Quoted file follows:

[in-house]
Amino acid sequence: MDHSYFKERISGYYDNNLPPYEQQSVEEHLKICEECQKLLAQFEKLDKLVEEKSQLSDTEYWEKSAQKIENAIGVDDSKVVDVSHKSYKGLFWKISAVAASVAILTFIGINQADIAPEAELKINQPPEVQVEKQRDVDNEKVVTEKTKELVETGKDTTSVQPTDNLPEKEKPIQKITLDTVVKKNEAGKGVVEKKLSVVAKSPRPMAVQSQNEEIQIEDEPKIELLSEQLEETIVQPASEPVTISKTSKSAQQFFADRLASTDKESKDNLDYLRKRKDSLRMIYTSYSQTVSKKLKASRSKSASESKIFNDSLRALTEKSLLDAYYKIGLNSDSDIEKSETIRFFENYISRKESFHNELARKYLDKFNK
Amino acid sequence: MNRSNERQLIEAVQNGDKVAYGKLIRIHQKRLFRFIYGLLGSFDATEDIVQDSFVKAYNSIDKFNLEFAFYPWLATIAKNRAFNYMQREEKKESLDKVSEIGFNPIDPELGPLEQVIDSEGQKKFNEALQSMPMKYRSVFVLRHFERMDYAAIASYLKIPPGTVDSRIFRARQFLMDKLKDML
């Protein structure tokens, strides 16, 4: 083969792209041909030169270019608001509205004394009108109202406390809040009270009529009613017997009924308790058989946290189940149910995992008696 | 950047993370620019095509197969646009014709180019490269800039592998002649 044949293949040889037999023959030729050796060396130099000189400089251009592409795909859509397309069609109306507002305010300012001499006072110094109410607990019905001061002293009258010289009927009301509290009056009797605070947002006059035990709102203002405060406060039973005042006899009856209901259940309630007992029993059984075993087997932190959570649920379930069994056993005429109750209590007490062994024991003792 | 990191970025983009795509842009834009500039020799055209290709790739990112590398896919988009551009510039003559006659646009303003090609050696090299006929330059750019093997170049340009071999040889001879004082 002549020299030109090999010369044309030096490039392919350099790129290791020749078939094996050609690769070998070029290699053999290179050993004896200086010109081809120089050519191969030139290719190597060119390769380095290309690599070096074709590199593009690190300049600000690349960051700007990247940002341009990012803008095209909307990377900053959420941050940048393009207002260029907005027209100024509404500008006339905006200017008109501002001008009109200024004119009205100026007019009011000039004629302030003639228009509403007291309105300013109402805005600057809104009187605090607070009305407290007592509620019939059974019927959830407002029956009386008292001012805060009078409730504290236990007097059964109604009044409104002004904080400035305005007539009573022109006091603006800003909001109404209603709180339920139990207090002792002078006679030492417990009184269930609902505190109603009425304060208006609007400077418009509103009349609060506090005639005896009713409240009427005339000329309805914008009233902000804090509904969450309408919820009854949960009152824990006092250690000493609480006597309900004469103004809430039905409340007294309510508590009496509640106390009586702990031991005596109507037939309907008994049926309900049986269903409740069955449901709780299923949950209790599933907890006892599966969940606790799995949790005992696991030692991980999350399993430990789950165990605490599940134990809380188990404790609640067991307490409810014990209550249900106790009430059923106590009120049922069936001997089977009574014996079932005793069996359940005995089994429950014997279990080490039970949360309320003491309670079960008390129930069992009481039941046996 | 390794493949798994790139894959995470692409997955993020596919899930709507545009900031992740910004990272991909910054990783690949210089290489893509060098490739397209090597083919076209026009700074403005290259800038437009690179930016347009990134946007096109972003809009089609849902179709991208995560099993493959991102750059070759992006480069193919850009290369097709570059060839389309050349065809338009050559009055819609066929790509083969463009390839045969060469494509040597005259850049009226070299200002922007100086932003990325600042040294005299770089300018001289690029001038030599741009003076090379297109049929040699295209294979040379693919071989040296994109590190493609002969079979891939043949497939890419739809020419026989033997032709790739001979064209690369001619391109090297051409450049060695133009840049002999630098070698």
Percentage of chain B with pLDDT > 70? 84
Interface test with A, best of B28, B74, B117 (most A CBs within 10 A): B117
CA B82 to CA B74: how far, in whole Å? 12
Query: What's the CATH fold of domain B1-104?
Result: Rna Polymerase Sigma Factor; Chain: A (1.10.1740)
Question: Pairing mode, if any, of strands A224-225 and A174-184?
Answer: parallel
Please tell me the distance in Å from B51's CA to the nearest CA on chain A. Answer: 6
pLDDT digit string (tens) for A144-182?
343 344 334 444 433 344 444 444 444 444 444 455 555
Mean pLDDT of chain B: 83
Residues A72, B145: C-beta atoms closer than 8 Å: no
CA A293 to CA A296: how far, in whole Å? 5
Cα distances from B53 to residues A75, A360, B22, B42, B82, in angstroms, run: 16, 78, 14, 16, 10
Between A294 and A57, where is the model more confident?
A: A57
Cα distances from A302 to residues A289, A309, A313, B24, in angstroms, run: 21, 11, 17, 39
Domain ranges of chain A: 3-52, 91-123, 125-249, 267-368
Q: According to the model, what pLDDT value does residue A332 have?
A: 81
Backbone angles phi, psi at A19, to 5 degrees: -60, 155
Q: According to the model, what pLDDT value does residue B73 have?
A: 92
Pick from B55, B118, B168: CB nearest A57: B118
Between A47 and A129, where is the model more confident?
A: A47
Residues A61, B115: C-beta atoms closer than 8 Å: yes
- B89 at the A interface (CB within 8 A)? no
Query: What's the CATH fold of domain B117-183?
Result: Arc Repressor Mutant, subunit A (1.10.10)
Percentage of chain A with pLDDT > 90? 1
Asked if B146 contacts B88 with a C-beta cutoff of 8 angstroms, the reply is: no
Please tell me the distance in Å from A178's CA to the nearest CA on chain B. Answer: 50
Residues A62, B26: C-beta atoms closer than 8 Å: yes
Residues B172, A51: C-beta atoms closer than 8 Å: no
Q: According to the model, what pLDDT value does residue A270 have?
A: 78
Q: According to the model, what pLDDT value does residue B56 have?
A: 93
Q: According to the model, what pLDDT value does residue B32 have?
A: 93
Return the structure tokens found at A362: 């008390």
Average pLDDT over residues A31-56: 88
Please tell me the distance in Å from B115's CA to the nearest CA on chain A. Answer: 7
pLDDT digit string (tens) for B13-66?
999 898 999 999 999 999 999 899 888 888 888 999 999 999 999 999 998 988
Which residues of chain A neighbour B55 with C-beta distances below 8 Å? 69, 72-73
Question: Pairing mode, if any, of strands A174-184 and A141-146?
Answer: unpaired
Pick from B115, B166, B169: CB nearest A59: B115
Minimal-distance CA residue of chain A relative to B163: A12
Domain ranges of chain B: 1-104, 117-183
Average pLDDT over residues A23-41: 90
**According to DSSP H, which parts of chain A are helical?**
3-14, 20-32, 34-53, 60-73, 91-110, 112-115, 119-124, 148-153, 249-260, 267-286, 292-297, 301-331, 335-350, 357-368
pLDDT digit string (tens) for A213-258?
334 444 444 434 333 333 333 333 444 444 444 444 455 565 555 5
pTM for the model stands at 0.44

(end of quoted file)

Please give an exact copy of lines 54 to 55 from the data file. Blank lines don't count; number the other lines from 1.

Pick from B115, B166, B169: CB nearest A59: B115
Minimal-distance CA residue of chain A relative to B163: A12